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Avenue Q at the Bord Gais Energy Theatre (Review)

I had the pleasure of catching the superb Avenue Q at the Bord Gais Energy Theatre this evening. The play is a rather brilliantly subversive exploration of what Sesame Street might look like reworked for an adult audience. Filled with the somewhat depressing notion that not everybody is special and not everybody has a special destiny mapped out for them in life, the musical manages to offer a more realistic pragmatic outlook on life without ever becoming overwhelmingly depressing. Brought to life by a talented cast and crew, it’s hard to resist the charms of Avenue Q.

You'd be a muppet to miss it...

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Non-Review Review: The Muppets

It’s interesting to imagine what the reaction in the room must have been after Jason Segal was asked to name his next project, building off the success of Forgetting Sarah Marshall. The fast-rising actor and writer could have had his pick of any number of features, and yet he chose to work on a revival of The Muppets. After all, these were a group of characters who had enjoyed a reasonable revival with The Muppets Christmas Carol and Muppet Treasure Island in the early-to-mid-nineties, but had seen their fame quickly eroded with a string of poorly-received television and movie projects. It’s easy to imagine discussions being had about the “relevance” of the Muppets in the era of reality television and pandering television, as the film portrays with a fictional executive portrayed by Rashida Jones. It seemed like there was a lot of weight riding on the project, both for Segal and the studio, and for Jim Henson’s creations themselves.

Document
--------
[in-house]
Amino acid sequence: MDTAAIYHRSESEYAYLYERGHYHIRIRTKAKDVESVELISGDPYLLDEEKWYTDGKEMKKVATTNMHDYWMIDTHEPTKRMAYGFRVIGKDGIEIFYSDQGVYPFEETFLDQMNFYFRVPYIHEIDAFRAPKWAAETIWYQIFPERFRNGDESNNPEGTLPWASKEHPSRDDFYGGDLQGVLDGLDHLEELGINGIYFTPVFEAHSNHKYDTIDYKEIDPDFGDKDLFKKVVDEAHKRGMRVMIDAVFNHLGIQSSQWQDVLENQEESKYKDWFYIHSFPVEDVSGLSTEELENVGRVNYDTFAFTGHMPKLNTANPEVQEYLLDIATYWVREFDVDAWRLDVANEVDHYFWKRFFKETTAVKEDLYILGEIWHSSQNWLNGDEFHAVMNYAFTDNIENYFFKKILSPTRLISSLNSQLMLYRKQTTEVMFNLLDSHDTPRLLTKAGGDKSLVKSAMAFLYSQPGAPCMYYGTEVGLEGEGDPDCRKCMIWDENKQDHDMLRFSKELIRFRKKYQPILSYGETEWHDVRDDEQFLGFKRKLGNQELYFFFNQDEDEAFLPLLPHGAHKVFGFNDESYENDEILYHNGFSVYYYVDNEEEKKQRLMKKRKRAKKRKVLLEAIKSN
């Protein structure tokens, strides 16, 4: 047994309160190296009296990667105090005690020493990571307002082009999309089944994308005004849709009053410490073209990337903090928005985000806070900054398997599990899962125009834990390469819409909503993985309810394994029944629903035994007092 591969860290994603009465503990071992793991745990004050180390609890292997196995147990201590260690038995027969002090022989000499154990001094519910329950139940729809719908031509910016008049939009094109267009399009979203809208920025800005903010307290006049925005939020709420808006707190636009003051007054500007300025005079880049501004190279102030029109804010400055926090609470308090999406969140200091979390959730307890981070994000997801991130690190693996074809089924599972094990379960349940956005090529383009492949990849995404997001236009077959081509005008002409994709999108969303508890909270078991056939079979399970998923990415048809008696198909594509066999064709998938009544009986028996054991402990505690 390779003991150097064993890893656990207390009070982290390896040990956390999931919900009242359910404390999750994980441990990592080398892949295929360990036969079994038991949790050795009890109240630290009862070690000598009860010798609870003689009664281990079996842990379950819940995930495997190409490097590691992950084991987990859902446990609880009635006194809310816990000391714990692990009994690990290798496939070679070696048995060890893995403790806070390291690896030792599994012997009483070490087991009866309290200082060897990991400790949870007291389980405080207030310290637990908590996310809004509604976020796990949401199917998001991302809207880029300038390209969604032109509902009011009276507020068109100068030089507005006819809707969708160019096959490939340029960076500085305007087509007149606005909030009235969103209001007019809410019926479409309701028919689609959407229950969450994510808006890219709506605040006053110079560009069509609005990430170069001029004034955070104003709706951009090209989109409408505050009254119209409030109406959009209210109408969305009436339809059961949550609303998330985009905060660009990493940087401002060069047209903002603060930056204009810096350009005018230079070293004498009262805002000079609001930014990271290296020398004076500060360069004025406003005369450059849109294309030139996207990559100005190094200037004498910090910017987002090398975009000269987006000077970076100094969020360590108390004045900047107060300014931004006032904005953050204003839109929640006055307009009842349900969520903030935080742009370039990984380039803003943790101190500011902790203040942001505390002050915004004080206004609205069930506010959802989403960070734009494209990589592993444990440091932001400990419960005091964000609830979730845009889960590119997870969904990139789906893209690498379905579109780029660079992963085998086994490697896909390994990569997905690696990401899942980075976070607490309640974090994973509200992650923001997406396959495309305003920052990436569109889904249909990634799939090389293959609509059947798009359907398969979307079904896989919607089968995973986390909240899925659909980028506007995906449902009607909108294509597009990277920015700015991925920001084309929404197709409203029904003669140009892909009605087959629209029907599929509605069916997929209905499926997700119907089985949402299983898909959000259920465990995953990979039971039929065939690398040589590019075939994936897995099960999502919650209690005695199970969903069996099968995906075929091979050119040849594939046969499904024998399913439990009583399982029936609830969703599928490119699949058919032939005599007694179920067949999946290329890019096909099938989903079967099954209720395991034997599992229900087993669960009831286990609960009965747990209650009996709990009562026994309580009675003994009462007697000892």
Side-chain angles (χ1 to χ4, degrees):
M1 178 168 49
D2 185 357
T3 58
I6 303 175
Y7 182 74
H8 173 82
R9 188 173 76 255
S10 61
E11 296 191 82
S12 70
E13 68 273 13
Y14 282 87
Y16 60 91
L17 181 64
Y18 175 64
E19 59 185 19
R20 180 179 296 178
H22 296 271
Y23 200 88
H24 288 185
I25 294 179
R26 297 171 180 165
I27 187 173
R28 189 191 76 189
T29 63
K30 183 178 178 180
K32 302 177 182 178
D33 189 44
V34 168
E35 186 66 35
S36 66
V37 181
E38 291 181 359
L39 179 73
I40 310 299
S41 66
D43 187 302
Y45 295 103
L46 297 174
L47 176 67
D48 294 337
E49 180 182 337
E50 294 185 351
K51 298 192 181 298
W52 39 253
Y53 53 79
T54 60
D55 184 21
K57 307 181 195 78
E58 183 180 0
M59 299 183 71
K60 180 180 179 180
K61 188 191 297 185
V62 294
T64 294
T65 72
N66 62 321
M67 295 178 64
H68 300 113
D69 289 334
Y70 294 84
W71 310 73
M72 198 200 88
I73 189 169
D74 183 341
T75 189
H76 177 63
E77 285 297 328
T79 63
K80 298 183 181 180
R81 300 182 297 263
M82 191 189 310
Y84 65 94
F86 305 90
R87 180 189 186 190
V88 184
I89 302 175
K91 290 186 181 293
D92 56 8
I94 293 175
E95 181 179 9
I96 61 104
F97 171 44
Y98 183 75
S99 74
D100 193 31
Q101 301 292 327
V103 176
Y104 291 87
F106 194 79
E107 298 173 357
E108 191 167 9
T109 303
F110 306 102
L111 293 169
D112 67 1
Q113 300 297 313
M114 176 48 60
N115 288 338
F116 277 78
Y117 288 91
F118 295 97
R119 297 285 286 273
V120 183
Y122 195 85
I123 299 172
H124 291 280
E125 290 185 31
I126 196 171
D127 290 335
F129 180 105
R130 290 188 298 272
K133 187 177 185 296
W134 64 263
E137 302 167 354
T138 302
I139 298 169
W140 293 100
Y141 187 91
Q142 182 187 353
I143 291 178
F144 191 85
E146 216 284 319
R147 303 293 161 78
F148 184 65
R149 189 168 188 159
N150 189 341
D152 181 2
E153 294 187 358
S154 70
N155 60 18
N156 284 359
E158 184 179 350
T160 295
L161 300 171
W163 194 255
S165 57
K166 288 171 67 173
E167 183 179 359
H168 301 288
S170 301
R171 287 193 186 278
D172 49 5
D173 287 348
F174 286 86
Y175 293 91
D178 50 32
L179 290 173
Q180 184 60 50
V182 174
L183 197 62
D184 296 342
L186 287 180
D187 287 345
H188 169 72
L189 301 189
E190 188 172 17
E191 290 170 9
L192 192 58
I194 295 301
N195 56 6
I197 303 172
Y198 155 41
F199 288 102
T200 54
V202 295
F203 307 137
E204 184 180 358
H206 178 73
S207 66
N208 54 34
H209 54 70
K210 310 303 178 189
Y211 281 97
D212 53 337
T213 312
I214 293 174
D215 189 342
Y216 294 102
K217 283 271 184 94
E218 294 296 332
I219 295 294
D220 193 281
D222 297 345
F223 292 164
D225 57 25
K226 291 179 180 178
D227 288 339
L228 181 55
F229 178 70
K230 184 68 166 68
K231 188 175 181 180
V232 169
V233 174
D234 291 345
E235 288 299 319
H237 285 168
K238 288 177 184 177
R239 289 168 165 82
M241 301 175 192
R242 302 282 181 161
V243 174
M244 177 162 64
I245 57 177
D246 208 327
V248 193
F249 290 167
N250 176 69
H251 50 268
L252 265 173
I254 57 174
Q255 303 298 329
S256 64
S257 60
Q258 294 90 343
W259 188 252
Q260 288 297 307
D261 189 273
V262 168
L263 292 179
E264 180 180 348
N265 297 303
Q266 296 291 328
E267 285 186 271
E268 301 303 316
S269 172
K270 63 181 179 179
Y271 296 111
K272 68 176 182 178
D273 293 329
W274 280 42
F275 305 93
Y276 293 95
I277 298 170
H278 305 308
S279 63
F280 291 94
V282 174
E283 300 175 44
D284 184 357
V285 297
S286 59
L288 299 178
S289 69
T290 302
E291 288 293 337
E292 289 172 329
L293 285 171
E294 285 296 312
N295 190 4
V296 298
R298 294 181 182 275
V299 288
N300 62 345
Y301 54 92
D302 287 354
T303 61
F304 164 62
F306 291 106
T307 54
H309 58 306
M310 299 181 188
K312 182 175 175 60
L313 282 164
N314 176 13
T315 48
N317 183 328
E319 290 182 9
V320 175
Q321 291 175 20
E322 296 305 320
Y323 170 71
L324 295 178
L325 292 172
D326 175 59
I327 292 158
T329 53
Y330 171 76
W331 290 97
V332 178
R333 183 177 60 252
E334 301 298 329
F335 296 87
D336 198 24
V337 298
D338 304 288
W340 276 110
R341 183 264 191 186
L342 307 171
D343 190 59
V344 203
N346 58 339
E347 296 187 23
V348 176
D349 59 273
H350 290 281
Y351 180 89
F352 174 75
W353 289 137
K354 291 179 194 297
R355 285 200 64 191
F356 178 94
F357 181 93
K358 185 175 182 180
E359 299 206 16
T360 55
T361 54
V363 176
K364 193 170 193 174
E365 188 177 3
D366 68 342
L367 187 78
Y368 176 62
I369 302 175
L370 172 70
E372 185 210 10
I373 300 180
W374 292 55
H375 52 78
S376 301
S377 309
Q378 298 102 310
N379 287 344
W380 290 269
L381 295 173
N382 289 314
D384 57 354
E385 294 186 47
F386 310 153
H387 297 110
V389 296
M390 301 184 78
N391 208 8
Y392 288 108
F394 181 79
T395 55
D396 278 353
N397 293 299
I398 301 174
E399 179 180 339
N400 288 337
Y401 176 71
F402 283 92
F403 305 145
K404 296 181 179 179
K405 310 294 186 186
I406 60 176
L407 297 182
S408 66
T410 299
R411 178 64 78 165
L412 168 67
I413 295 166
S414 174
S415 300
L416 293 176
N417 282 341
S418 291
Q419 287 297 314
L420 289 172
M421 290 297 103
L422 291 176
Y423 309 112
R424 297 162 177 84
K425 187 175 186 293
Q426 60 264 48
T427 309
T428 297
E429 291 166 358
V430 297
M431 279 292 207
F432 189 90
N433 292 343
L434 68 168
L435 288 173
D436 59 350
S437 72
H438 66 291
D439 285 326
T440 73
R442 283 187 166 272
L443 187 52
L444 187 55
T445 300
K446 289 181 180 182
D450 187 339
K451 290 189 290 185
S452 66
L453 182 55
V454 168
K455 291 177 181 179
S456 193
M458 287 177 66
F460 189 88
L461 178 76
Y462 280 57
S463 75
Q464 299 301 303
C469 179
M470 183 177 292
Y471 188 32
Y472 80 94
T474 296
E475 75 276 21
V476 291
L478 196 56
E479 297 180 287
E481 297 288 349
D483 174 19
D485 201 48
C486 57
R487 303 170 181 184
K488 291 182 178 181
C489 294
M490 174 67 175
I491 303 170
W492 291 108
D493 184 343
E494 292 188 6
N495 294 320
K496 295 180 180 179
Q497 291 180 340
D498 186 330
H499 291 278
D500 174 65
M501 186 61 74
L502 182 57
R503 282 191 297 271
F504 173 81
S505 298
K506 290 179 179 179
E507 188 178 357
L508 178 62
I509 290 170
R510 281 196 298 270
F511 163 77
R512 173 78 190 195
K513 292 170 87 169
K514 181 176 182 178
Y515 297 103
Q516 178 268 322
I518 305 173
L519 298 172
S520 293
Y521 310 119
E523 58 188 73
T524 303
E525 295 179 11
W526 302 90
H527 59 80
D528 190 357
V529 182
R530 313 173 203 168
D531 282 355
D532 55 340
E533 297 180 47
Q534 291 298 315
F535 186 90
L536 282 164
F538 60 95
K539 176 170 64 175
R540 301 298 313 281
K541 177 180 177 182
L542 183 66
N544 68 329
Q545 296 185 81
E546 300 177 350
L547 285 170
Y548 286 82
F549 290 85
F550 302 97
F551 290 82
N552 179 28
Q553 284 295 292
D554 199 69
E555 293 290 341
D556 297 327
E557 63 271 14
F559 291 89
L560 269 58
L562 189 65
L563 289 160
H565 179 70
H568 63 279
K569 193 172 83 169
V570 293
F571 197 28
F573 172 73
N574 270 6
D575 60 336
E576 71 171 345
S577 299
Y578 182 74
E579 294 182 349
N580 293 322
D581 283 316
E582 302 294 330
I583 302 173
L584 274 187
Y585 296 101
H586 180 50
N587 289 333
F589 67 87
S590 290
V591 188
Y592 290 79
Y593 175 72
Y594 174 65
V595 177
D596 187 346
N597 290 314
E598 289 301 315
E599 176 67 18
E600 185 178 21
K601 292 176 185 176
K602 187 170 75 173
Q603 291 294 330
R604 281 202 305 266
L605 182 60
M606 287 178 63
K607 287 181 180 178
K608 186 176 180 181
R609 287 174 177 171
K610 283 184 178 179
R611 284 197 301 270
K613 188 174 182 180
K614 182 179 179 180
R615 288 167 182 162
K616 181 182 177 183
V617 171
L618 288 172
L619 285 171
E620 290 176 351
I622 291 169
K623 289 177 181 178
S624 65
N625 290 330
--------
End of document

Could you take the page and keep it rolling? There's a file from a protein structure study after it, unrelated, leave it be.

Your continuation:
I think they can all be extremely proud. I think it’s safe to describe the finished product as the best family film of the past year.

Brush with greatness?

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Non-Review Review: Your Highness

Your Highness is crass, stupid, vulgar and fun. However, it’s endearingly aware of the fact. I found myself warming to the film quite a bit as I sat down to watch it, somewhat comfortable in the knowledge that Danny McBride’s latest will undoubtedly end up playing on the DVD players of countless college students into the wee hours of the morning for some years to come. It isn’t going to be a film for everyone, but I do think it will find an audience. It’s not perfect or classic, but then none of the films that it is attempting to emulate are. It does succeed in offering a constant and endearing stream of low-brow jokes for its runtime.

The best of the quest?

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